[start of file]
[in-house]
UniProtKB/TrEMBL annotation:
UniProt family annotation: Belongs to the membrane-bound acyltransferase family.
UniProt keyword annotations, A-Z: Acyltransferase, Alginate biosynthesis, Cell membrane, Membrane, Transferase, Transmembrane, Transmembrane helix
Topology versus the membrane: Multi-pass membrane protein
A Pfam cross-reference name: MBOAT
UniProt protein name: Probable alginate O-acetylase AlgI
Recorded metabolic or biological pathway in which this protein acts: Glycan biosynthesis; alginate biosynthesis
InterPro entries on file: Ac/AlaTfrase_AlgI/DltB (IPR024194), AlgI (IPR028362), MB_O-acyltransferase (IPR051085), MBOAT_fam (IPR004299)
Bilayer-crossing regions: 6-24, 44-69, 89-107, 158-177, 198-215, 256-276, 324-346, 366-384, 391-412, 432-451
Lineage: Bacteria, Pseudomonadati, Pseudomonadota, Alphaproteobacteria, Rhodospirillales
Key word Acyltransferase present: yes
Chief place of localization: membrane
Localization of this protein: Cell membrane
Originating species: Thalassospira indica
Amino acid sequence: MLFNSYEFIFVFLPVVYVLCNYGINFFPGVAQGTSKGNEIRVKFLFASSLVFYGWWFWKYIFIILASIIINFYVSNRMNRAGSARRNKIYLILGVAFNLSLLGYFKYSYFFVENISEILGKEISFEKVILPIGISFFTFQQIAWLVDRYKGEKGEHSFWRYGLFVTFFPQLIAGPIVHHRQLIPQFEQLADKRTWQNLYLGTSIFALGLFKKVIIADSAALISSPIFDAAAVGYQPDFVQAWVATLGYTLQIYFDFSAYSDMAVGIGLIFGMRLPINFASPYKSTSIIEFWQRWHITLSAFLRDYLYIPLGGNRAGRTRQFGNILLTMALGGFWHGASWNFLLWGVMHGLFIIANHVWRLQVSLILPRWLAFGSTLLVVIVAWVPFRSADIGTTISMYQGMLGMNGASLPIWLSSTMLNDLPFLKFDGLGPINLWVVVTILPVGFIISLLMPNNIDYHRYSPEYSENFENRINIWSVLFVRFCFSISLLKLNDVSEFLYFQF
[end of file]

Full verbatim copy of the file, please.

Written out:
[in-house]
UniProtKB/TrEMBL annotation:
UniProt family annotation: Belongs to the membrane-bound acyltransferase family.
UniProt keyword annotations, A-Z: Acyltransferase, Alginate biosynthesis, Cell membrane, Membrane, Transferase, Transmembrane, Transmembrane helix
Topology versus the membrane: Multi-pass membrane protein
A Pfam cross-reference name: MBOAT
UniProt protein name: Probable alginate O-acetylase AlgI
Recorded metabolic or biological pathway in which this protein acts: Glycan biosynthesis; alginate biosynthesis
InterPro entries on file: Ac/AlaTfrase_AlgI/DltB (IPR024194), AlgI (IPR028362), MB_O-acyltransferase (IPR051085), MBOAT_fam (IPR004299)
Bilayer-crossing regions: 6-24, 44-69, 89-107, 158-177, 198-215, 256-276, 324-346, 366-384, 391-412, 432-451
Lineage: Bacteria, Pseudomonadati, Pseudomonadota, Alphaproteobacteria, Rhodospirillales
Key word Acyltransferase present: yes
Chief place of localization: membrane
Localization of this protein: Cell membrane
Originating species: Thalassospira indica
Amino acid sequence: MLFNSYEFIFVFLPVVYVLCNYGINFFPGVAQGTSKGNEIRVKFLFASSLVFYGWWFWKYIFIILASIIINFYVSNRMNRAGSARRNKIYLILGVAFNLSLLGYFKYSYFFVENISEILGKEISFEKVILPIGISFFTFQQIAWLVDRYKGEKGEHSFWRYGLFVTFFPQLIAGPIVHHRQLIPQFEQLADKRTWQNLYLGTSIFALGLFKKVIIADSAALISSPIFDAAAVGYQPDFVQAWVATLGYTLQIYFDFSAYSDMAVGIGLIFGMRLPINFASPYKSTSIIEFWQRWHITLSAFLRDYLYIPLGGNRAGRTRQFGNILLTMALGGFWHGASWNFLLWGVMHGLFIIANHVWRLQVSLILPRWLAFGSTLLVVIVAWVPFRSADIGTTISMYQGMLGMNGASLPIWLSSTMLNDLPFLKFDGLGPINLWVVVTILPVGFIISLLMPNNIDYHRYSPEYSENFENRINIWSVLFVRFCFSISLLKLNDVSEFLYFQF